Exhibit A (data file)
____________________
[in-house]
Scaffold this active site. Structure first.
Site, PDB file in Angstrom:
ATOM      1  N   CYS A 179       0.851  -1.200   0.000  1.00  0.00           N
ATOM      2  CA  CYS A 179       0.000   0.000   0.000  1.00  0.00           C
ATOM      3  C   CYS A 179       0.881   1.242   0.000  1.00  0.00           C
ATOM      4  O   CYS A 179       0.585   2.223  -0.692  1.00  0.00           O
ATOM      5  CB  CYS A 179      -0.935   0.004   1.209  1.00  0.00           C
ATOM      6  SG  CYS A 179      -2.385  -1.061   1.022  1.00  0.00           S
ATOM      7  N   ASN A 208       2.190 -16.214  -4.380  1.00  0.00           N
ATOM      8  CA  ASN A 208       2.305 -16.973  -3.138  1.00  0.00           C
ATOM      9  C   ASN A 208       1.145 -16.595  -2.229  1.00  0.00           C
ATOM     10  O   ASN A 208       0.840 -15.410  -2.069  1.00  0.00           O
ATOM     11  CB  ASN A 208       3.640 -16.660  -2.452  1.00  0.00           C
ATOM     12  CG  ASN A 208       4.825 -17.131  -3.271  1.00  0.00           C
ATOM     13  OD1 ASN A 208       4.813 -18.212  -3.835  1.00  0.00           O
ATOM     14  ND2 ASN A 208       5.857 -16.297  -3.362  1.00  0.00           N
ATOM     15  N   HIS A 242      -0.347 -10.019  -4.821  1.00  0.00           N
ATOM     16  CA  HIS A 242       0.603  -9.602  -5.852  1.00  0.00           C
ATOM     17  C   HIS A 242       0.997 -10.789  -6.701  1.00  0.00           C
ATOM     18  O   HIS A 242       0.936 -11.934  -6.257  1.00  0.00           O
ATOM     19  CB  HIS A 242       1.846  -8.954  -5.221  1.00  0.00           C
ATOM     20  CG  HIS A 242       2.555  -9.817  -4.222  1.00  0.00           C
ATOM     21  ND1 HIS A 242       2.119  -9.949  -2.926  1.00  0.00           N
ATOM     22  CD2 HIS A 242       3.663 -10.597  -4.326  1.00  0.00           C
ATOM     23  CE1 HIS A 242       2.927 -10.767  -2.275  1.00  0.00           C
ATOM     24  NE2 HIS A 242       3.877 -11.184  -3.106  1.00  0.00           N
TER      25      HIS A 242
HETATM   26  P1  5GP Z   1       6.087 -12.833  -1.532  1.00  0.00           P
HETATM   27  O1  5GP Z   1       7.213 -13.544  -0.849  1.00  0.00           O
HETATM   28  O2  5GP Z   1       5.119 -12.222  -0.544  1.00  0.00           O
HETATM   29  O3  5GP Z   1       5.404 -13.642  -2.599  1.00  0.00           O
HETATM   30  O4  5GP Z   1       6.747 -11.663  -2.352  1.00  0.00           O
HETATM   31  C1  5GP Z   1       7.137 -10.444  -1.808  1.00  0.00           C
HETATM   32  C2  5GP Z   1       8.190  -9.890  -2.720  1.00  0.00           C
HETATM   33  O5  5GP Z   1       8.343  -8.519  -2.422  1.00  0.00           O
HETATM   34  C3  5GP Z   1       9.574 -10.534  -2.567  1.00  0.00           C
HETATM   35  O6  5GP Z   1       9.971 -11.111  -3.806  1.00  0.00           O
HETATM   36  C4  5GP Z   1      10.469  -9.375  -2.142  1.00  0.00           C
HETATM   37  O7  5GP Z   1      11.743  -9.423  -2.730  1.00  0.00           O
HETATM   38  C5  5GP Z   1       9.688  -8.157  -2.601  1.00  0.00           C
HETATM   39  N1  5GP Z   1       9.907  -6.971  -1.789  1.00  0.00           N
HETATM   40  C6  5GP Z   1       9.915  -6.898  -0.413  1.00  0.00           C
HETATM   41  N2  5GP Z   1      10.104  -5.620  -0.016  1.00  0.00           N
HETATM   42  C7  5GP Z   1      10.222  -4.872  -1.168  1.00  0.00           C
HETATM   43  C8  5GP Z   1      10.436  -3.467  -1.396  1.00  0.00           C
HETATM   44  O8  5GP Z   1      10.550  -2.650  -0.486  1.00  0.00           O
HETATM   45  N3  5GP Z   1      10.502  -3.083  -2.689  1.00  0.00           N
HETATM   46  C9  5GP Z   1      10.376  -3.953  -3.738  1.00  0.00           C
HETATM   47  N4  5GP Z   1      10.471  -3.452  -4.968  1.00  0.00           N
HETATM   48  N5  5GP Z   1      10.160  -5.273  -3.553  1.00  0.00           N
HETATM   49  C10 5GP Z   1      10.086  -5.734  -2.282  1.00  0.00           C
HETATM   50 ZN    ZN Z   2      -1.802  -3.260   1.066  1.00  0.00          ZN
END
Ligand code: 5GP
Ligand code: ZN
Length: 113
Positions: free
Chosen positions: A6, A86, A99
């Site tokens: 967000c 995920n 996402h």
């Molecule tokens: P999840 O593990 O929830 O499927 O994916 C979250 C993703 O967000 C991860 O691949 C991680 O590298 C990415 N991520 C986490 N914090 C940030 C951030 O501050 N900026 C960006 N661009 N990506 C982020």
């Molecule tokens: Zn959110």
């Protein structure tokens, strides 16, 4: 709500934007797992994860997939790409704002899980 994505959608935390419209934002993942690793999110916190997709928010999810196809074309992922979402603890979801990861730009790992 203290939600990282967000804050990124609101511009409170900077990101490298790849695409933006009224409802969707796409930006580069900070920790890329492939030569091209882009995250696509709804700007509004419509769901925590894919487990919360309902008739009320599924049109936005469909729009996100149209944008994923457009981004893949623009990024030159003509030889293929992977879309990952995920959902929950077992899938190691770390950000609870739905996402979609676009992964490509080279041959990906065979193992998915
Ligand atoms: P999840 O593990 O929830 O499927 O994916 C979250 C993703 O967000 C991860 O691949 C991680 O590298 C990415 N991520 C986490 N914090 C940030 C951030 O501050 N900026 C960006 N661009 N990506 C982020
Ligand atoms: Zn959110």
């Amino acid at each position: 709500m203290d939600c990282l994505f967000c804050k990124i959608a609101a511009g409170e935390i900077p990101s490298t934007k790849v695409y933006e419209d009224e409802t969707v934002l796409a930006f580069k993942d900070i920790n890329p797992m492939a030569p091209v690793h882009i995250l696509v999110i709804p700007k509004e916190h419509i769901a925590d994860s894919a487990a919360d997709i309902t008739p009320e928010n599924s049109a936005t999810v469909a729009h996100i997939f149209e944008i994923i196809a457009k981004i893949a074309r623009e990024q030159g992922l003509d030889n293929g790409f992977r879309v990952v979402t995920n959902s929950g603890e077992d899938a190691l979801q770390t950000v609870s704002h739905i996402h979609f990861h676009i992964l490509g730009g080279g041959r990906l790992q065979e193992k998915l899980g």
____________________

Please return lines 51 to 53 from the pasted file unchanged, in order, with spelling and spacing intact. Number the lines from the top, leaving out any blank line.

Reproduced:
HETATM   48  N5  5GP Z   1      10.160  -5.273  -3.553  1.00  0.00           N
HETATM   49  C10 5GP Z   1      10.086  -5.734  -2.282  1.00  0.00           C
HETATM   50 ZN    ZN Z   2      -1.802  -3.260   1.066  1.00  0.00          ZN